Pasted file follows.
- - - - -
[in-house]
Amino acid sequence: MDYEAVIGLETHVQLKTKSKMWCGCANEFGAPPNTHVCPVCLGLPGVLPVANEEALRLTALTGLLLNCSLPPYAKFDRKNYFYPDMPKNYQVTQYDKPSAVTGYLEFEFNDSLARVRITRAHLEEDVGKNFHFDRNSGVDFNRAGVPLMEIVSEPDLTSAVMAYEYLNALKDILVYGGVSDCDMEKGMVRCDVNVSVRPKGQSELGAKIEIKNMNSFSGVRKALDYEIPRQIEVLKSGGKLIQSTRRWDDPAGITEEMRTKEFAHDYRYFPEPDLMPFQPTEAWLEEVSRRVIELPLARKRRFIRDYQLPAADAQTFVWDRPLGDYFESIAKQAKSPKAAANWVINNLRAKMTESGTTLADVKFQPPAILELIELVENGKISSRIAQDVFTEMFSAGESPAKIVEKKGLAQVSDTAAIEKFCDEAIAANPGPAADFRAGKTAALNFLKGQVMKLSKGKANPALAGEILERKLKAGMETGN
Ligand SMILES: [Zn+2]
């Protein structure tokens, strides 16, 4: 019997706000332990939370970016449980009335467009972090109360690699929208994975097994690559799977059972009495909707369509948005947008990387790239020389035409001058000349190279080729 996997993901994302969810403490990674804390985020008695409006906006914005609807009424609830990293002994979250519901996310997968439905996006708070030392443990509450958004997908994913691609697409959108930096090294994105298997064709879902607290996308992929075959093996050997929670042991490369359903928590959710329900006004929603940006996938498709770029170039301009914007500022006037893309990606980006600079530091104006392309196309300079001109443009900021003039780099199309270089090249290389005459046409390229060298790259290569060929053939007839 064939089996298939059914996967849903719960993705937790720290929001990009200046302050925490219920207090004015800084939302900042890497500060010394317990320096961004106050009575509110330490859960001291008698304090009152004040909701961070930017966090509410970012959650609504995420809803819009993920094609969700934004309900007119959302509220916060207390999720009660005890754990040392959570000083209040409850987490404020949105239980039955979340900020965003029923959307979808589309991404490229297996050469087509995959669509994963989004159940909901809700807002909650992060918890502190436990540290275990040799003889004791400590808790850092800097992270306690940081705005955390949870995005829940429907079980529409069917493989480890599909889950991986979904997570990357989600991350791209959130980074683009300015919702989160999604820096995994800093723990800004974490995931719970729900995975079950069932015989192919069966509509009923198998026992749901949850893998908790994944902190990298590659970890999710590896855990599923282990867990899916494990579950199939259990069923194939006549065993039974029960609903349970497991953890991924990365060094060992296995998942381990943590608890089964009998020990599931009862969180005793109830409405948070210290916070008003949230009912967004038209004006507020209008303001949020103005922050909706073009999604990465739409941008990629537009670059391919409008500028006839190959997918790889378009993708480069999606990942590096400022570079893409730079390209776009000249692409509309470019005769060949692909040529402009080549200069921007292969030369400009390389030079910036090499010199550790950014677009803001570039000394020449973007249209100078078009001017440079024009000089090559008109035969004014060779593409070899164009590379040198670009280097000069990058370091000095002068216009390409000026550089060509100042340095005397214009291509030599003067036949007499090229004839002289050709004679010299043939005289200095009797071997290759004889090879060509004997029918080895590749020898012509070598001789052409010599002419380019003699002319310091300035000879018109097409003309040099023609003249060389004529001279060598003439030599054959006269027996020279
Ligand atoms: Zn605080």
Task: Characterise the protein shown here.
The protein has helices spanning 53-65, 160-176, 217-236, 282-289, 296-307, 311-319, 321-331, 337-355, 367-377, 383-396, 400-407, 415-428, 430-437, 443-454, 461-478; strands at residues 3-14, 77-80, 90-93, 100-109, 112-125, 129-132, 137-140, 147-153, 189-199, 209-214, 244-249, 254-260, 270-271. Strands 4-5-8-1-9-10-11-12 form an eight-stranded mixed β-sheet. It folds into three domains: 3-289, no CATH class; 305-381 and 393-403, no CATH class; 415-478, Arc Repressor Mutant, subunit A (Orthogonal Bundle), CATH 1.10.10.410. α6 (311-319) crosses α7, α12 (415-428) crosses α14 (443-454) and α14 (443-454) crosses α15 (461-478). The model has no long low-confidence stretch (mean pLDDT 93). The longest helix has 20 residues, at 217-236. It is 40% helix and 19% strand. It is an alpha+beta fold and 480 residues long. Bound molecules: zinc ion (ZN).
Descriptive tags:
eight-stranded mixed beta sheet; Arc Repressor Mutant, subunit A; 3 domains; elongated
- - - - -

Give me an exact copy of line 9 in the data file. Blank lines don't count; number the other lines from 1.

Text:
eight-stranded mixed beta sheet; Arc Repressor Mutant, subunit A; 3 domains; elongated